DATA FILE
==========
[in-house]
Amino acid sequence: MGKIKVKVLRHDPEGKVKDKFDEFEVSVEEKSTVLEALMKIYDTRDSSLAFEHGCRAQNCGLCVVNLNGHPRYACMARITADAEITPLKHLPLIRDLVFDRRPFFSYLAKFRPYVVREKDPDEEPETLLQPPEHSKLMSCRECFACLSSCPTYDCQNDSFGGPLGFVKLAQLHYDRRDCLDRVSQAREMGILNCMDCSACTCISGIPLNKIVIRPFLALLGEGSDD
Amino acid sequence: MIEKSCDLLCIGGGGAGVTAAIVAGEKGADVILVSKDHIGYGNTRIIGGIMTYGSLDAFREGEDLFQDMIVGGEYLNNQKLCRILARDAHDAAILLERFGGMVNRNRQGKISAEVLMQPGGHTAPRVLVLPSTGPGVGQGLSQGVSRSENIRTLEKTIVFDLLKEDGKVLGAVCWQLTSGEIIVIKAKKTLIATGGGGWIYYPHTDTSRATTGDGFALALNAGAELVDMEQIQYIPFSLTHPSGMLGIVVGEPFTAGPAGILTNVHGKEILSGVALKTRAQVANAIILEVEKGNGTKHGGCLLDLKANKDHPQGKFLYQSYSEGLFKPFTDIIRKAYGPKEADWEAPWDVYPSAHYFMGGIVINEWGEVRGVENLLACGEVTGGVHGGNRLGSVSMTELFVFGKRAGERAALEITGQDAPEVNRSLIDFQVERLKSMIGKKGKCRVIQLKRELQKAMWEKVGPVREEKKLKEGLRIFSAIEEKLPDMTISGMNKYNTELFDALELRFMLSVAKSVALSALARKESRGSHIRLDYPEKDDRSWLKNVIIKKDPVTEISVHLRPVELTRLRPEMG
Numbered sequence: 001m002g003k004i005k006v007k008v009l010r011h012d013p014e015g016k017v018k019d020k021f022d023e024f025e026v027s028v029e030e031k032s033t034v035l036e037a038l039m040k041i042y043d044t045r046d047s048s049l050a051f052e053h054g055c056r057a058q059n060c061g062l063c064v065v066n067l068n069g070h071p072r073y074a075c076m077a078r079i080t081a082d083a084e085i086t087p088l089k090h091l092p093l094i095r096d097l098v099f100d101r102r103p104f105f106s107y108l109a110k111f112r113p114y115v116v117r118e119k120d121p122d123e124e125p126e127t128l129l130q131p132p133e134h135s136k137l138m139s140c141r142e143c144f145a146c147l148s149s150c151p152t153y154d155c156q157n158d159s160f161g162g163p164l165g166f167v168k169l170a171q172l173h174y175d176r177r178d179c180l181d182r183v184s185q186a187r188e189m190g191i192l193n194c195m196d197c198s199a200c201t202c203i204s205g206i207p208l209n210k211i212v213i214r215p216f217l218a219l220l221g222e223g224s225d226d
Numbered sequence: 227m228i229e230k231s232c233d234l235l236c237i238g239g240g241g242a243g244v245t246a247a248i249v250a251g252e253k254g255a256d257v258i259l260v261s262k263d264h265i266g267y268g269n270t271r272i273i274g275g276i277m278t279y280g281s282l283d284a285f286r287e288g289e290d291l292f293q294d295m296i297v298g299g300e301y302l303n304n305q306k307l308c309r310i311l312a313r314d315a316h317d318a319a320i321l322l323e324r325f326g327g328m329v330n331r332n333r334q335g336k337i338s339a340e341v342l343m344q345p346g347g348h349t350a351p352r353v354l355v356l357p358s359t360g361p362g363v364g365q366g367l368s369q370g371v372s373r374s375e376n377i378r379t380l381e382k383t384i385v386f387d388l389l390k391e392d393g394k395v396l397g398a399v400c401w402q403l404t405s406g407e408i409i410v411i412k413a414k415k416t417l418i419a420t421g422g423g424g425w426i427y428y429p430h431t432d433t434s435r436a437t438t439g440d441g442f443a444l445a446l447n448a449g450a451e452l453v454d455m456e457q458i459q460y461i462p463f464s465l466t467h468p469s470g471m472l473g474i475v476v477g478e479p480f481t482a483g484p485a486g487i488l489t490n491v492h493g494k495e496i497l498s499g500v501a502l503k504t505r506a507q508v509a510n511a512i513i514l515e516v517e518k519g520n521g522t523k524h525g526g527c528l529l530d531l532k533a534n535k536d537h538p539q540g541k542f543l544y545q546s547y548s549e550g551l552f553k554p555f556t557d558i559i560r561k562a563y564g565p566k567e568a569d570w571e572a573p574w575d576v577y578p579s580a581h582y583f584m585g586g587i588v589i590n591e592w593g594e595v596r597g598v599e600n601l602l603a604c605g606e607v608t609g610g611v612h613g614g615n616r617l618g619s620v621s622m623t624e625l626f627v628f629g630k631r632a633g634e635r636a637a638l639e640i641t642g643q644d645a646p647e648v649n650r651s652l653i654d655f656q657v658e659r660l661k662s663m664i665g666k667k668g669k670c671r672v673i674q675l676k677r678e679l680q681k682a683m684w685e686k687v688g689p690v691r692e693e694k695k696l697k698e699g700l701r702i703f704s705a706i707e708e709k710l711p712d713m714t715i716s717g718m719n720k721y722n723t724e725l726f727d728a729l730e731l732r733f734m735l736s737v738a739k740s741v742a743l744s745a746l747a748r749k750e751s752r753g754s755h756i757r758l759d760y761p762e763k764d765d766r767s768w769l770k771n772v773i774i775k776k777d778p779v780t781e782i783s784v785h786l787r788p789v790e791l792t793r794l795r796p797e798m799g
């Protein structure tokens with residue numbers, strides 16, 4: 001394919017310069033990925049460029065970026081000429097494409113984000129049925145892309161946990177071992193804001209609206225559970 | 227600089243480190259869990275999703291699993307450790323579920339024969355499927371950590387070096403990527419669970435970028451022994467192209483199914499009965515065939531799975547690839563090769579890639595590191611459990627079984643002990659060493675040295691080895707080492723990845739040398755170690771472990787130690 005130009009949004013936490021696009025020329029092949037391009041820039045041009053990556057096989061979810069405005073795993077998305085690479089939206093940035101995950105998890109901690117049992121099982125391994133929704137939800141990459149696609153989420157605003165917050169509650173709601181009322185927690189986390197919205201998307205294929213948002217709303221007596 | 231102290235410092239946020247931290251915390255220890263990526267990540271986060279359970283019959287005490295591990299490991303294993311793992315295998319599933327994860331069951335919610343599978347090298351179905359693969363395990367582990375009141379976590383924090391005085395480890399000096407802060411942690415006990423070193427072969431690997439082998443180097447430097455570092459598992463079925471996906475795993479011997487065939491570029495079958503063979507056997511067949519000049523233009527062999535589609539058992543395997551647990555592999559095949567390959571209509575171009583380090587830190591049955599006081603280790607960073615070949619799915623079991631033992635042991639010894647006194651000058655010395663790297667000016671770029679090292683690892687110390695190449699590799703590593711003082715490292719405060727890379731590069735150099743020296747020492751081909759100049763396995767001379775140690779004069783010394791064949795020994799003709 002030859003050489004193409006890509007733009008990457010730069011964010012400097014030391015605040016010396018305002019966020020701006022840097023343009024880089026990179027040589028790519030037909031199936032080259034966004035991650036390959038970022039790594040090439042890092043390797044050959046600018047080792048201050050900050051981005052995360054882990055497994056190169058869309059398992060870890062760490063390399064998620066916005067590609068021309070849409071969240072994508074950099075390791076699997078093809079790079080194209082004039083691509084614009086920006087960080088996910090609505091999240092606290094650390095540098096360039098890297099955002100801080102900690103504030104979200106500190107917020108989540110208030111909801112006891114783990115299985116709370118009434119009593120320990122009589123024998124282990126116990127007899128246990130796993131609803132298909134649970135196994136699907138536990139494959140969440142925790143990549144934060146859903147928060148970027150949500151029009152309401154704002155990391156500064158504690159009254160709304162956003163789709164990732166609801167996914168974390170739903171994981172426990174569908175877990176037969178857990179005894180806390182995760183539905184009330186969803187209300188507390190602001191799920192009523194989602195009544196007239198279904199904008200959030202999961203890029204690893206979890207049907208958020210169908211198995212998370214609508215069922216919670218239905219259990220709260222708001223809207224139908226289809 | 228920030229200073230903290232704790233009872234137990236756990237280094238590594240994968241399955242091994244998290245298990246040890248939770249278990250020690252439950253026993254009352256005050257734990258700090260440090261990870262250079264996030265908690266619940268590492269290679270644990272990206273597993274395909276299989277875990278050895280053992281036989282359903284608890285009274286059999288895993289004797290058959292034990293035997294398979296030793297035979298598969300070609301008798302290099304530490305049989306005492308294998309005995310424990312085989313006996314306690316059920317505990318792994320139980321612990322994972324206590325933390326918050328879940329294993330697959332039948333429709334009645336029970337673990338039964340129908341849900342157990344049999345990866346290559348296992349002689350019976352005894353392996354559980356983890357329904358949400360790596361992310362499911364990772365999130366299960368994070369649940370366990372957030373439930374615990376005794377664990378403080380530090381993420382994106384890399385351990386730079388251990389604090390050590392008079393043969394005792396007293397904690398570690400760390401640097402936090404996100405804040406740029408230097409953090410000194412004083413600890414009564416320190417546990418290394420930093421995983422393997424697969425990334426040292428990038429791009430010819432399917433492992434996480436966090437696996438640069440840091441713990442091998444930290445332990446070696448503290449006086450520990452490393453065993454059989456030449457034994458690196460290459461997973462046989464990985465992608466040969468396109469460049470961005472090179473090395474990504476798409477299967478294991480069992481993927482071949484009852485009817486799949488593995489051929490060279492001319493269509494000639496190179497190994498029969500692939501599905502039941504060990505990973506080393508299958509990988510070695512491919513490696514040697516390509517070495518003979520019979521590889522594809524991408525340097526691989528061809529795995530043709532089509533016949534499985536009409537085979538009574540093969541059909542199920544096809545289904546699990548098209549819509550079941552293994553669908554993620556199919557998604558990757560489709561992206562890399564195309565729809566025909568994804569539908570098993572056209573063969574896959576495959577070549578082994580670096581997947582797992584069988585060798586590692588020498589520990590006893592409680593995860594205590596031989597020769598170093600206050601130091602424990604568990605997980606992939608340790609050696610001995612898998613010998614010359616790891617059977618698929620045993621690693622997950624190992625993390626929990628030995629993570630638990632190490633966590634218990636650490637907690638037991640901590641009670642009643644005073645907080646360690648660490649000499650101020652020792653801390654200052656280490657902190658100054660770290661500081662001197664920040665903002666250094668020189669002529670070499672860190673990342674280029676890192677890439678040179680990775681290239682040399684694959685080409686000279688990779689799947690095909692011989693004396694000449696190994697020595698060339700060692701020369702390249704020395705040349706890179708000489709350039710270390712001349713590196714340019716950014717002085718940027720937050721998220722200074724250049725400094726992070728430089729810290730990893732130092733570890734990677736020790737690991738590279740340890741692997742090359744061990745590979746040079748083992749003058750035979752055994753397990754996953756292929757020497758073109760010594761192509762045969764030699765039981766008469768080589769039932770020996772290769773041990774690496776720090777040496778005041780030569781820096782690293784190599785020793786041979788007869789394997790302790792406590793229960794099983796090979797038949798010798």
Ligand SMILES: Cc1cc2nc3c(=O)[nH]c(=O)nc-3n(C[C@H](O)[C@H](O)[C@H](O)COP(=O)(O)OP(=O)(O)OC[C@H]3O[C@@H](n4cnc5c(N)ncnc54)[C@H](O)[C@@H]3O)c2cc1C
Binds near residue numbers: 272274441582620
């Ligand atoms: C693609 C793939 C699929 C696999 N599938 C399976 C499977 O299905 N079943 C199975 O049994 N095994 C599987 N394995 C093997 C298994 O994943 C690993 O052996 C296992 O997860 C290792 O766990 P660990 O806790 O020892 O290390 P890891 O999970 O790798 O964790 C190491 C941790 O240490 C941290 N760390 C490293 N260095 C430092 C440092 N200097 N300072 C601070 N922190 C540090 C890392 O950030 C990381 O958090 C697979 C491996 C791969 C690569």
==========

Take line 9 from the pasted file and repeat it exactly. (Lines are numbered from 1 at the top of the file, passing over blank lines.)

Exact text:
């Ligand atoms: C693609 C793939 C699929 C696999 N599938 C399976 C499977 O299905 N079943 C199975 O049994 N095994 C599987 N394995 C093997 C298994 O994943 C690993 O052996 C296992 O997860 C290792 O766990 P660990 O806790 O020892 O290390 P890891 O999970 O790798 O964790 C190491 C941790 O240490 C941290 N760390 C490293 N260095 C430092 C440092 N200097 N300072 C601070 N922190 C540090 C890392 O950030 C990381 O958090 C697979 C491996 C791969 C690569």